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The three requisite features of every investment we make are: a premium yield; dividend sustainability; and a valuation margin of safety. These are relatively easy to find individually but, in combination they are rare and typically only occur when a company is surrounded by some form of risk or controversy.
Our analysis centres on attempting to understand whether the controversy that has befallen a company is temporary (and therefore an opportunity) or permanent (and therefore something to avoid). We are keen to stick firmly within our areas of competence and so, in order to improve the probability of getting these initial calls right, we look for repeating patterns. This involves looking for similar characteristics to other investments we have been involved with, recognising what works and looking to repeat success.
We have identified five separate buckets of controversy, which are detailed below. These different types of controversy do not follow traditional industry boundaries, so our familiarity with them depends upon our understanding of the way they re-appear in different settings and at different times. Each bucket provides a template for investigating a company and the controversy that surrounds it. The characteristics we look for in each bucket are different as are the specific questions we try to answer, because the associated risks can vary a great deal.
(The descriptions below refer regularly to ROIC, which stands for ‘Return on Invested Capital’. ROIC is an important metric for us because it provides a tangible indication of how good a company is at allocating capital to generate future growth and profits. Companies that consistently deliver a high ROIC, such as those that dominate buckets one and two below, are often referred to as ‘quality’ businesses. High returns allow these businesses to sustain underlying cashflows and afford them the ability to suffer without threatening their ability to sustain dividend payments. Delivering consistent high returns also means that a company’s ability to pay its dividend is less sensitive to analytical assumptions and to changes in their operating environment.)
Companies with a dependable track record of delivering a high ROIC and consistent growth are sometimes referred to as ‘compounders’. They may not be the most exciting businesses in the world, but steady growth delivered year after year, tends to result in extremely impressive long-term share price performance.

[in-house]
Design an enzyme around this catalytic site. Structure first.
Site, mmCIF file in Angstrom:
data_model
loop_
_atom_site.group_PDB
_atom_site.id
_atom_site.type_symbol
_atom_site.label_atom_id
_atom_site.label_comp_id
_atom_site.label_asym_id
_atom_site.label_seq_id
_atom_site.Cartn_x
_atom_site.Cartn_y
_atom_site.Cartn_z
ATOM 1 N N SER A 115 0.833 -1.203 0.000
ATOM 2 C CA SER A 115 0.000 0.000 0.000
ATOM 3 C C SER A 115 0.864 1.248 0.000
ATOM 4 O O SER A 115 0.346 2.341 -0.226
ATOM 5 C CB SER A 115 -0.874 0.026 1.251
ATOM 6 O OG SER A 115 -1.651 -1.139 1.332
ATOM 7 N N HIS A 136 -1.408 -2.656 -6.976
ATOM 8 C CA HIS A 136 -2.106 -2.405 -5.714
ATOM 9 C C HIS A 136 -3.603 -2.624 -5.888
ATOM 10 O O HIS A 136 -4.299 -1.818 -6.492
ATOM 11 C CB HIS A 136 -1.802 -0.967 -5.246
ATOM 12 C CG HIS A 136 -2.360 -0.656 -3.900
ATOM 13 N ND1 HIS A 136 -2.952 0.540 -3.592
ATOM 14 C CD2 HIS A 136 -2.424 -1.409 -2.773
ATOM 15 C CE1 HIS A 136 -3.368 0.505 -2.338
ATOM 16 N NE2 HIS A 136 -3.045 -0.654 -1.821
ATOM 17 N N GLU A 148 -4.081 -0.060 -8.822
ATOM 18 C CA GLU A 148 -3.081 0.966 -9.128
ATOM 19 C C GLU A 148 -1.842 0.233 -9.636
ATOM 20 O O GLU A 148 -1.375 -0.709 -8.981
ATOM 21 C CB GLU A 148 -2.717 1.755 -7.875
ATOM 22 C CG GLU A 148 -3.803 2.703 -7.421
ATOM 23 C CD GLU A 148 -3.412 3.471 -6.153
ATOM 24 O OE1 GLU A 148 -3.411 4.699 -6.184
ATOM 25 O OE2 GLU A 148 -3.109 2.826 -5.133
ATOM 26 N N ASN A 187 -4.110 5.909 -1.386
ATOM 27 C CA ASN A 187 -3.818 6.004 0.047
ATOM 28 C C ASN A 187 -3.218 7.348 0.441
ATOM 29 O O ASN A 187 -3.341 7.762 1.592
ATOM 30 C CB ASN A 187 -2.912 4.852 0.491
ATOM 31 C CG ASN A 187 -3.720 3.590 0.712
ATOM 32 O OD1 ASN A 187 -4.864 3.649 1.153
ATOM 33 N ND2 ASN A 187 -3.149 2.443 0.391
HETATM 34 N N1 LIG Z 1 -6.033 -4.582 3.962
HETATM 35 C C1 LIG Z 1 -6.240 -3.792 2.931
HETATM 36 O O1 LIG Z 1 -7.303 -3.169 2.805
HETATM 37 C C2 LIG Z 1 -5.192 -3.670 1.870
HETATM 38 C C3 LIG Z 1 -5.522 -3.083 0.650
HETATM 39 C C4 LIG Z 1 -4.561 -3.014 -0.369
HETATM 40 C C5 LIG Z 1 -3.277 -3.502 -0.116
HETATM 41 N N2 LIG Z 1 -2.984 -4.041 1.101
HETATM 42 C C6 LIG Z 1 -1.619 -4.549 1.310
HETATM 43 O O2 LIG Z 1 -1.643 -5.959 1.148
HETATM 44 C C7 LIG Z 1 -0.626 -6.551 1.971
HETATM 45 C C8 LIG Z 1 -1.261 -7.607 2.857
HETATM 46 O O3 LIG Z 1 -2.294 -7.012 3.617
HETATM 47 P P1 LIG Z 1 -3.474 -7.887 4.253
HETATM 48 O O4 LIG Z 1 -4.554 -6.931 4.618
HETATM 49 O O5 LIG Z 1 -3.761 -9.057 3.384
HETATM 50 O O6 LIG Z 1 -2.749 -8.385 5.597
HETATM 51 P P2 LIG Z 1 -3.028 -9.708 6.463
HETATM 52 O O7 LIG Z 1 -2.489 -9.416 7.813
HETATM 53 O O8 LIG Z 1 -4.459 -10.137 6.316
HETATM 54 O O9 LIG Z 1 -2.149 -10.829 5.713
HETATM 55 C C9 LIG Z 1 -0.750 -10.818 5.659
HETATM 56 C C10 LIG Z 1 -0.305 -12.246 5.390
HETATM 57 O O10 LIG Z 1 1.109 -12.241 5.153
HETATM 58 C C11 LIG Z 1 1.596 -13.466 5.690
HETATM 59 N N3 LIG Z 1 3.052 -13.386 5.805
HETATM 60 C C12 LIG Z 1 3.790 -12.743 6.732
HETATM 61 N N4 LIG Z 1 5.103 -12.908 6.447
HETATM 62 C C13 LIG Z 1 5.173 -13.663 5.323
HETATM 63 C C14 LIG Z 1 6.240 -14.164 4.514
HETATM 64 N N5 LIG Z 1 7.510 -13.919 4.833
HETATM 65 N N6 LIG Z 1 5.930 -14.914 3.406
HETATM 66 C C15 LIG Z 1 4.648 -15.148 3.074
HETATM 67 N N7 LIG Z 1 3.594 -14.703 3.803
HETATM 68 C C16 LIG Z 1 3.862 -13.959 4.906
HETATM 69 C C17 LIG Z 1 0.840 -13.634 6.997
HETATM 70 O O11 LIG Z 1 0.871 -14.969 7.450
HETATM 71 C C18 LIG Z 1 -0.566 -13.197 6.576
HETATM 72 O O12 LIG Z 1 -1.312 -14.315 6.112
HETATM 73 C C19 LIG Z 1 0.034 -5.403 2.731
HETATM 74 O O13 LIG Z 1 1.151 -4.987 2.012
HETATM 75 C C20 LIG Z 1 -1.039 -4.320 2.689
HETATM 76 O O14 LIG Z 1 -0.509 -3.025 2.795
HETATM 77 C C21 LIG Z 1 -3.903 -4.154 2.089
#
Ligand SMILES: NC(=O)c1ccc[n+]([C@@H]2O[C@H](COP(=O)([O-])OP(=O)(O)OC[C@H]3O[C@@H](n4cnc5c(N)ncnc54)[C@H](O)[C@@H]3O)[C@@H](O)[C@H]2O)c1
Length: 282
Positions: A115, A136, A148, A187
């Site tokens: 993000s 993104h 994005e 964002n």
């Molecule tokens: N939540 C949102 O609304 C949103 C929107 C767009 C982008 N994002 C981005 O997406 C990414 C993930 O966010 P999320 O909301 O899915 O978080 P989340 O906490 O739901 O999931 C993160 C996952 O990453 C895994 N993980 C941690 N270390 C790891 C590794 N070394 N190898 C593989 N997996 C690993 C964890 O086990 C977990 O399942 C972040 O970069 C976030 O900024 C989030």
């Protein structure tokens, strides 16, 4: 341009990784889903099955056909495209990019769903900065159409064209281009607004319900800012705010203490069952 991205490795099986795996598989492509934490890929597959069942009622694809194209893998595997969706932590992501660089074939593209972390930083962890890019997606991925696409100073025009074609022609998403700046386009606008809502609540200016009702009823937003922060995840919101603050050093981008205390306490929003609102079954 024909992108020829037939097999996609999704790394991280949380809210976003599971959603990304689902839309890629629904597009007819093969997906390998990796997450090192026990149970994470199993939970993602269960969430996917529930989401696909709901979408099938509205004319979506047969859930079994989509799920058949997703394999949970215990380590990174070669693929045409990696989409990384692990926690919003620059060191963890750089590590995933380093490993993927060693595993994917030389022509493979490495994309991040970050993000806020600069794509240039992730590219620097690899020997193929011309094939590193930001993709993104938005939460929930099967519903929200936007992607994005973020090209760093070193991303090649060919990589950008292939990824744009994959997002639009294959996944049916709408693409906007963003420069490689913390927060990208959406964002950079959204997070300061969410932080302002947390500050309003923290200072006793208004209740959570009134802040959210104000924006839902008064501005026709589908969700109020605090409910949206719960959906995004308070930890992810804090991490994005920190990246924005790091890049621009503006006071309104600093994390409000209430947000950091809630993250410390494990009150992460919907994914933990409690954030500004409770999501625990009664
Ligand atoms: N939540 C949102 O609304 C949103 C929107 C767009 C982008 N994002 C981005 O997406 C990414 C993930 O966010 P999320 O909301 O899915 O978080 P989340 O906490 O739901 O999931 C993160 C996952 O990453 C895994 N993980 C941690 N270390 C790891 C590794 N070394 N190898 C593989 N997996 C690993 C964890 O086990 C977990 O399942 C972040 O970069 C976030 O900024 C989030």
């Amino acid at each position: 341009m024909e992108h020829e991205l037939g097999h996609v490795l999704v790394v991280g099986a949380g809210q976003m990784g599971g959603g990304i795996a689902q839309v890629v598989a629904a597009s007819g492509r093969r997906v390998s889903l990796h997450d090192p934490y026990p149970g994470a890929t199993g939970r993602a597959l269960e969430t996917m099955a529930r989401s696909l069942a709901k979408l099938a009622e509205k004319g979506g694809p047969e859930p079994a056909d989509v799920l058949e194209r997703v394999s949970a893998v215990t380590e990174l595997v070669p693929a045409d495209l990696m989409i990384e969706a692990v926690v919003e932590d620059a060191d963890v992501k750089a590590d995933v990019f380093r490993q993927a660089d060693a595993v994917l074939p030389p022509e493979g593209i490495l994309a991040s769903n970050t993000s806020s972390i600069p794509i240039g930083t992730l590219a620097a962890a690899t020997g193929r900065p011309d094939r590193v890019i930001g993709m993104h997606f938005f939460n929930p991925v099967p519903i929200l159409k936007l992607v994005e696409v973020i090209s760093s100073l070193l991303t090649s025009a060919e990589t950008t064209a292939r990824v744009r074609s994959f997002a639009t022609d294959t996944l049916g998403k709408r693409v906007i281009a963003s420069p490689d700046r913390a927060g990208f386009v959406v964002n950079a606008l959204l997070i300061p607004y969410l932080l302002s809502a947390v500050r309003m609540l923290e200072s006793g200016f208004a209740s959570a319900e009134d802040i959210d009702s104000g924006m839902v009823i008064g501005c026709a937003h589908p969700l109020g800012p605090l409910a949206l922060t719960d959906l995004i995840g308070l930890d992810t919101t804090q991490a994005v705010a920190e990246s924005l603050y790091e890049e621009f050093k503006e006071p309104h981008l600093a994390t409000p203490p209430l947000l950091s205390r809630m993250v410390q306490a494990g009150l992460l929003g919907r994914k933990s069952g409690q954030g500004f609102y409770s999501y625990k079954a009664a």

Compounders are therefore popular among fund managers, us included. However, this popularity often means a high valuation – some investors would argue that high valuations are justified for these compounding machines and, indeed, that the market doesn’t rate them highly enough. However, our dividend discipline means we don’t need to engage in that debate.
Instead, our focus is limited to buying these compounders when they fall under a cloud. Often the trouble will relate to one part of an overall business (divisionally or regionally), but it comes to dominate the consensus view of that stock. In other words, the controversy provides us with an opportunity to invest in that business at a low valuation, when the share price is already discounting a lot of bad news.
Companies with a track record of generating a high ROIC do sometimes trade at a market discount. Often this is because of some perceived existential threat that is expected to disrupt a successful business, sending future returns sharply lower. The threat posed to Kodak by digital technologies around the turn of the millennium, is a good case study of how this can play out deleteriously for a complacent incumbent.
Although some companies will inevitably face a Kodak-like future, more often than not, we find that the perceived threat is exaggerated. Usually, a combination of headwinds dent growth temporarily but do not amount to anything terminal. This is an opportunity for us.
We particularly like companies with a strong franchise that have the ability to adapt to the challenges they face. Mature technology companies have demonstrated this adaptability in the past. Slowing growth and new competitors can be interpreted by the market as the death knell for a hitherto dominant franchise. However, closer analysis can reveal a different picture. In situations like this, we work on building evidence for a counter-argument. A simple survey of customers, for example, may reveal a strong reluctance to compromise security or performance, not to mention the technical difficulties of changing providers. Where this is the case, a franchise may prove to have significantly more longevity than the market realises. With patience, and by tracking the progress of the investment thesis with some pre-determined flags, we can ultimately be rewarded when growth returns.
The stock market consensus has a preference for extrapolation – observing a trend and projecting its continuation into the future. The market struggles to forecast moments of inflection, where a company’s profits take a turn in a new direction, either up or down. The presence of controversy makes it even more likely that the market will fail to anticipate a positive change of fortune.